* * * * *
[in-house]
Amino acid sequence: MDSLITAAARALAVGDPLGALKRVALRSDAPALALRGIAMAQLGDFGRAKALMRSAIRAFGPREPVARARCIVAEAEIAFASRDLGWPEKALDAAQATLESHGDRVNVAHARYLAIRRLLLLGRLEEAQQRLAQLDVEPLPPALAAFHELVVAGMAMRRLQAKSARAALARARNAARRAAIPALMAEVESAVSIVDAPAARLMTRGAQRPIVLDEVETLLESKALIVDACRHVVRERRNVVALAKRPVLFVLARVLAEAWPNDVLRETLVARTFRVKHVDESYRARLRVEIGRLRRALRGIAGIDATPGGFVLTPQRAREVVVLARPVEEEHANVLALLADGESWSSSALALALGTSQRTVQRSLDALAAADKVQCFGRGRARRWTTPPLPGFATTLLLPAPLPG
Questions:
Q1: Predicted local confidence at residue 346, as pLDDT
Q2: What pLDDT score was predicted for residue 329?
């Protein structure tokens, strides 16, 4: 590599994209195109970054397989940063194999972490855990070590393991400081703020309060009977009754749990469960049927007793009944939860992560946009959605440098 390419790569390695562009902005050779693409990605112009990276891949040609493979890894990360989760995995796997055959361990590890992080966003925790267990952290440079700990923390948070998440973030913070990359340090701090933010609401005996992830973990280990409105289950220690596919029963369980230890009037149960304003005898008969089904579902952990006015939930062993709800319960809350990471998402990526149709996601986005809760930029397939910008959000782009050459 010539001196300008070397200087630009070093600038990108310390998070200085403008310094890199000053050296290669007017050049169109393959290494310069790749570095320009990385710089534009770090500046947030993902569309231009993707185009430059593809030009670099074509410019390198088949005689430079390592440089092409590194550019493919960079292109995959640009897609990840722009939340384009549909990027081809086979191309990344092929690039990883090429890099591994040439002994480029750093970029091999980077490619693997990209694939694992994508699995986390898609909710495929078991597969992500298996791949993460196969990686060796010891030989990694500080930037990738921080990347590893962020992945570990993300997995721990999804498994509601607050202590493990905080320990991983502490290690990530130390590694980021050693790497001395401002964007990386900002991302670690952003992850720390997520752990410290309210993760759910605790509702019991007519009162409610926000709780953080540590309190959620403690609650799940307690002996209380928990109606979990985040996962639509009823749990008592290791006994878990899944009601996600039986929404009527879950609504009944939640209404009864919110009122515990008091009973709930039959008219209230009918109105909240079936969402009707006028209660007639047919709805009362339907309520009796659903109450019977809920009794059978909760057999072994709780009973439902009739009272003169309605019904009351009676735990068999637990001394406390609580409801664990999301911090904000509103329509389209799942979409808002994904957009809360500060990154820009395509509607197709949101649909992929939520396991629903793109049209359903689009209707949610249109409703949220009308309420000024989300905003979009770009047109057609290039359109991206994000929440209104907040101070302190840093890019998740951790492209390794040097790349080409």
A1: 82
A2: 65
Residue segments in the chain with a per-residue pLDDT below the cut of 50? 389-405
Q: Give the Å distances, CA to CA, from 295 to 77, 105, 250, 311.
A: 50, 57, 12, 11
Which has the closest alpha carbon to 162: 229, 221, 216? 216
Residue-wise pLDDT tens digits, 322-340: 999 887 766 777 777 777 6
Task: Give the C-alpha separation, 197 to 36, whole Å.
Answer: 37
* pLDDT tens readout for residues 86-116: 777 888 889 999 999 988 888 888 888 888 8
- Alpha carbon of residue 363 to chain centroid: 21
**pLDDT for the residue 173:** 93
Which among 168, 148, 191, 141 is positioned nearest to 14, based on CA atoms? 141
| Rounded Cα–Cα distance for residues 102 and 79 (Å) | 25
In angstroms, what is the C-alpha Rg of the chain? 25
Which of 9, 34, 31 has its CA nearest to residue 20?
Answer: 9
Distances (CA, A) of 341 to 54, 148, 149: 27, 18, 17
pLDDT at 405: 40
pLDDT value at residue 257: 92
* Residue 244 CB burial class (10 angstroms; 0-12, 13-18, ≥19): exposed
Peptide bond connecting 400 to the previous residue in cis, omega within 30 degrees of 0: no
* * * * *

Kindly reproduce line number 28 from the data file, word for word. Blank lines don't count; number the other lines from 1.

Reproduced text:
Peptide bond connecting 400 to the previous residue in cis, omega within 30 degrees of 0: no